Alzheimer`s Disease/Parkinson / musculare


Hello Mary and Happy New is me again for my spouse he is stable psychically he is good with his LBD smiles alot and tells a lot of stories in sequence but that is ok for now he is good..the only other problem is falling 4 times in 2.5 weeks we are hoping that we can prolong the wheel chair as long as possible..
My question is about a friend I know her husband was diagnosed around the same time as Andr頵 yrs ago, he was diagnosed with Parkinson/muscular and also a rare cancer is this normal can cancer be a part of Parkinson disease or is just a coincidence that he also has the cancer?
Also what is the difference between LBD & Muscular? This man is starting treatment everyday in a few weeks after receiving an Mri if he can start the treatment, he is week, doesn't eat much his wife says he is skin and bones except his stomach I forgot to ask but the cancer may be there...she says they say he has no masks which is something I don't know anything about...
Maybe you can give me a little information about all this..hope all is well with you as for me I am as I said before in a Therapy Group every two weeks and I also started a Course on 3-D which I love, challenging but not more than dealing with LBD...

Hi Joyce, I'm glad to hear your husband is feeling more content - but sorry about his loss of stability. As you know, repeated falls, dizziness and even fainting is a common problem for people with LDB. Fall related injuries are also common, so try to make sure he doesn't try to get up and walk without someone with him.

I'm not sure what kind of cancer your friend's husband has. There is a weird connection between Parkinson's and cancer - people with Parkinson's are more likely to get melanoma (a deadly skin cancer) and less likely to get other kinds of cancer than average - which means that if your friend's husband has some other cancer than melanoma, it's just a coincidence. Cancer itself often causes a fast metabolism and loss of appetite, which can cause physical wasting - and a distended abdomen may be caused by an accumulation of fluid from cancers - called ascites. Your friend would have to ask the doctor. She might also want to ask the doctor what he would do if it were his family member. If your friend's husband is very weak and frail, the treatment may cause a lot of suffering. I hope they would not propose putting him through it unless there was a very good chance of remission.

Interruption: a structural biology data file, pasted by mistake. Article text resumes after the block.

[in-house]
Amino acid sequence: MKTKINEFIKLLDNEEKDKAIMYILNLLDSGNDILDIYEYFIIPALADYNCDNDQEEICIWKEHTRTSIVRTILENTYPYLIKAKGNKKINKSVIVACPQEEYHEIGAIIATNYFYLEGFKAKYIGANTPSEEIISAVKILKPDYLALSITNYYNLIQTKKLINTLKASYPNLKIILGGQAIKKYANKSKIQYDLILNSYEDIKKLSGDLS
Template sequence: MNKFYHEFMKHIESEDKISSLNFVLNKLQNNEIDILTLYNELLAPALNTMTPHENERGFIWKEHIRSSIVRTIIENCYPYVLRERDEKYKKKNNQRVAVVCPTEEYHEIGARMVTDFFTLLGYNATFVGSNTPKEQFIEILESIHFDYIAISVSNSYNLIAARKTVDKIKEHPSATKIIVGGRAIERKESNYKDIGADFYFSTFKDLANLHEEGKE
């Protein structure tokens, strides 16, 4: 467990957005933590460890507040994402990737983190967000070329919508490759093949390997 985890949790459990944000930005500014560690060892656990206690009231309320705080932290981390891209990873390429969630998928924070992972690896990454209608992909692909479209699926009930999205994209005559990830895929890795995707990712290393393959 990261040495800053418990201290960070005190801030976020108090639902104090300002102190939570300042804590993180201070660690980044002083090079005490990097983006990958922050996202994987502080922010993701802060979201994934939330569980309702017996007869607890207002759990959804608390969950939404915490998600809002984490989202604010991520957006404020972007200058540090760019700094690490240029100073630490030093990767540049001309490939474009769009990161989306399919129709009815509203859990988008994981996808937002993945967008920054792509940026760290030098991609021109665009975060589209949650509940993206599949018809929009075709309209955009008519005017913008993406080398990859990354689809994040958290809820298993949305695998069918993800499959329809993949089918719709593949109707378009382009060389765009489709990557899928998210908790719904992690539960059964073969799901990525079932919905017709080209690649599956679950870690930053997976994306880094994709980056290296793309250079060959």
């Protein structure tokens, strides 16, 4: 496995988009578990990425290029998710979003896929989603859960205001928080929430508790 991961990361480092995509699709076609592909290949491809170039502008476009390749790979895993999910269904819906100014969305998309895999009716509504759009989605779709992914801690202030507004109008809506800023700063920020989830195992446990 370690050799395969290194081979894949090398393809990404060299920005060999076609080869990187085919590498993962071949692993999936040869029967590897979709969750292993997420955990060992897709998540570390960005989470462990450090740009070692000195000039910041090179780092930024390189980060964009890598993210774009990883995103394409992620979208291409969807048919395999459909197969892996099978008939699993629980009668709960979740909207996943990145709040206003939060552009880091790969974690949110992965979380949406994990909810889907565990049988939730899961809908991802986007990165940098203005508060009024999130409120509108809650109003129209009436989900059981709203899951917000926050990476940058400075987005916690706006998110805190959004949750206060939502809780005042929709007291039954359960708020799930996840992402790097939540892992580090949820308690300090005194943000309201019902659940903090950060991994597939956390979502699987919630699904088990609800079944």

I'm not quite sure what you mean by "he has no masks". I wonder if they mean the mask like face that people with Parkinson's and Lewy Body often develop - it's a vacant/fixed stare commonly observed with Parkinsonís patients, accompanied with lack of expression and animation associated with emotion, such as smiling, frowning and grinning. It's a very blank, mask like face caused by facial muscles not working properly.  Think of Muhammad Ali (the boxer) in recent years. He has Parkinson's and his face is frozen.

There are some symptoms in common between Parkinson's and Lewy Body. Lewy body patients get the same slowed movement, rigid muscles, tremors and shuffling walk. There is also a distinctive form of dementia that can go with Parkinson's - about 20% of Parkinson's patients develop it.  

"Lewy bodies" are abnormal distinctive clumps of protein that develop inside nerve cells. They are seen in Lewy Body Dementia, Parkinson's Disease, sometimes in Pick's Disease, corticobasal degeneration and multiple system atrophy, and even a few more neurodegenerative illnesses. It's not completely clear if Lewy Body and Parkinson's are even different illnesse - there are lots of overlap common to all the illnesses that feature Lewy body formation. If  dementia shows up first, they tend to call it Lewy Body, and if the movement problem shows up first, it gets classed as Parkinson's. They might actually be facets of the same underlying process.

Not sure if this helped or not!

By the way, glad you are taking some time for yourself and reaching out to others in your shoes. Those are good healthy signs!


Alzheimer`s Disease

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Mary Gordon


Several years direct experience as caregiver for family member who died of end stage AD. Did lots of research and dealt with a lot of health care professionals and caregivers over the 7 years from diagnosis to the end. Used various care options from community based resources to increasing levels of institutional. Mother of three, two born during our loved one's decline, so I know what it is to be the ham in the sandwich, taking care of the older generation and the younger at the same time and trying to balance everyone`s needs. Ask me, I`ve probably been there, done that. We made lost of mistakes and learned everything the hard way - but you don`t have to! If I can`t answer your question, I`ll steer you to a place or person who can.


Currently a program manager for a large utility company. My Alzheimers experience comes from having the illness in our family. Out of necessity, we did a lot of research in order to understand the disease, plan for what might come next, and make the right decisions to help and support our loved one. Please note, I am a Canadian living in Toronto, and therefore am not the best person to ask about US regulations and insurance rules!

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